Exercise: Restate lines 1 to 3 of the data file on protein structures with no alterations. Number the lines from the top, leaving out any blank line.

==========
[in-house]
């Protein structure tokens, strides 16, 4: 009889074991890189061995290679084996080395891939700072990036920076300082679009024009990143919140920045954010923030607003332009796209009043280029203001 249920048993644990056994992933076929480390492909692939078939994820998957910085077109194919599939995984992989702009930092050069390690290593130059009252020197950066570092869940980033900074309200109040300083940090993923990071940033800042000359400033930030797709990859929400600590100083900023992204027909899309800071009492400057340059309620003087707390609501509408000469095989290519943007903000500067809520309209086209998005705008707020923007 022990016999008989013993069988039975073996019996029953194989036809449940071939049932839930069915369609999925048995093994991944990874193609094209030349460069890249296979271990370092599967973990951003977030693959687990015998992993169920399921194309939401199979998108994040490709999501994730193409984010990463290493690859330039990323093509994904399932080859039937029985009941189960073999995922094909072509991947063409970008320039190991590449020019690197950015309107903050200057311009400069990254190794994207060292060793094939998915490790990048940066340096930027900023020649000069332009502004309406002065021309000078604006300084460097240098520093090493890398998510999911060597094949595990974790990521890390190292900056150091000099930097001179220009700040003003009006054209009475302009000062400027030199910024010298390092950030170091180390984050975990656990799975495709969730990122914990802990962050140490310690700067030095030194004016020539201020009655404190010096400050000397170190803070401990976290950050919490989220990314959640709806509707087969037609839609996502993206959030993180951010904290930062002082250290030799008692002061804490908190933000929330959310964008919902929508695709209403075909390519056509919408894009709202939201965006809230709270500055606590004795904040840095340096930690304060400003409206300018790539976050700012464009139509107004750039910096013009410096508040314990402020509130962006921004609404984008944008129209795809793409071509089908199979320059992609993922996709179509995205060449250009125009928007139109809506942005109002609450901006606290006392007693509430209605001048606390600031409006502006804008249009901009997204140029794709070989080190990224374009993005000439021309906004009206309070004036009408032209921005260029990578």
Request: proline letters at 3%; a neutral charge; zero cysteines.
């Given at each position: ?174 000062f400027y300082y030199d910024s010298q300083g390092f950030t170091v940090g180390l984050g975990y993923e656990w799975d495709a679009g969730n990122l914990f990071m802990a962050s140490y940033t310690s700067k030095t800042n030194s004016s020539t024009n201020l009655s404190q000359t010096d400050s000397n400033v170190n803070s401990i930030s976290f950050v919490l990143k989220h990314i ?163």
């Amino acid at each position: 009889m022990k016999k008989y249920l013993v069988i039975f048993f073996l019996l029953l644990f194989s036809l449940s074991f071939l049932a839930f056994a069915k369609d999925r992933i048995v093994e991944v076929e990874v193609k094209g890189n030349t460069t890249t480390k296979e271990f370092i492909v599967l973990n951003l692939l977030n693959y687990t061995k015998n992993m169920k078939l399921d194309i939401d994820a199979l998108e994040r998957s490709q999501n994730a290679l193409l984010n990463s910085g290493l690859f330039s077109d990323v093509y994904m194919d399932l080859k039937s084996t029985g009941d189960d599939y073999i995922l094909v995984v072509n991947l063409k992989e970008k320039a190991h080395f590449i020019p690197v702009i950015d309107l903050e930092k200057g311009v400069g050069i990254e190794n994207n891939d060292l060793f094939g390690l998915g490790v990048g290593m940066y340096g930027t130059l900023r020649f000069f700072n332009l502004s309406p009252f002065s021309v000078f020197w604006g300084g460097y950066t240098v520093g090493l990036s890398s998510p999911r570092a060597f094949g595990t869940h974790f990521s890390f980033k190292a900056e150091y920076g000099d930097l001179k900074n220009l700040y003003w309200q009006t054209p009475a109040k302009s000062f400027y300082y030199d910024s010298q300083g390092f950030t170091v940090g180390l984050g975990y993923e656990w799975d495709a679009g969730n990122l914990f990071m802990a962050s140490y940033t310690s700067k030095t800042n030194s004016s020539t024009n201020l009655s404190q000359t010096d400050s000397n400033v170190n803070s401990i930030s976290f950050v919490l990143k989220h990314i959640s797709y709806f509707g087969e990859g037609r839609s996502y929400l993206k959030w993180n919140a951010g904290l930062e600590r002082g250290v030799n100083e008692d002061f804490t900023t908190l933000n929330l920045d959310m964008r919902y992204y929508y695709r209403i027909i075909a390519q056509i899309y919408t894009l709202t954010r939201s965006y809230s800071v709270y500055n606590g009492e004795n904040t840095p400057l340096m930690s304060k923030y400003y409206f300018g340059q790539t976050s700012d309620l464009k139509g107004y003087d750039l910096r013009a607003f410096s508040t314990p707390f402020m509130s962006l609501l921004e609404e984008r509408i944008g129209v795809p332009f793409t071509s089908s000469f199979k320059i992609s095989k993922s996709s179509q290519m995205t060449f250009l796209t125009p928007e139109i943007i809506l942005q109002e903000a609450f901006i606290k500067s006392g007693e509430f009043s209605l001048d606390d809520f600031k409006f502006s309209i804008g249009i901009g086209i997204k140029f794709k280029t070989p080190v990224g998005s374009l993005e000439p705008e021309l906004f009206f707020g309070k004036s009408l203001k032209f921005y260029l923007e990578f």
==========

[in-house]
């Protein structure tokens, strides 16, 4: 009889074991890189061995290679084996080395891939700072990036920076300082679009024009990143919140920045954010923030607003332009796209009043280029203001 249920048993644990056994992933076929480390492909692939078939994820998957910085077109194919599939995984992989702009930092050069390690290593130059009252020197950066570092869940980033900074309200109040300083940090993923990071940033800042000359400033930030797709990859929400600590100083900023992204027909899309800071009492400057340059309620003087707390609501509408000469095989290519943007903000500067809520309209086209998005705008707020923007 022990016999008989013993069988039975073996019996029953194989036809449940071939049932839930069915369609999925048995093994991944990874193609094209030349460069890249296979271990370092599967973990951003977030693959687990015998992993169920399921194309939401199979998108994040490709999501994730193409984010990463290493690859330039990323093509994904399932080859039937029985009941189960073999995922094909072509991947063409970008320039190991590449020019690197950015309107903050200057311009400069990254190794994207060292060793094939998915490790990048940066340096930027900023020649000069332009502004309406002065021309000078604006300084460097240098520093090493890398998510999911060597094949595990974790990521890390190292900056150091000099930097001179220009700040003003009006054209009475302009000062400027030199910024010298390092950030170091180390984050975990656990799975495709969730990122914990802990962050140490310690700067030095030194004016020539201020009655404190010096400050000397170190803070401990976290950050919490989220990314959640709806509707087969037609839609996502993206959030993180951010904290930062002082250290030799008692002061804490908190933000929330959310964008919902929508695709209403075909390519056509919408894009709202939201965006809230709270500055606590004795904040840095340096930690304060400003409206300018790539976050700012464009139509107004750039910096013009410096508040314990402020509130962006921004609404984008944008129209795809793409071509089908199979320059992609993922996709179509995205060449250009125009928007139109809506942005109002609450901006606290006392007693509430209605001048606390600031409006502006804008249009901009997204140029794709070989080190990224374009993005000439021309906004009206309070004036009408032209921005260029990578």
Request: proline letters at 3%; a neutral charge; zero cysteines.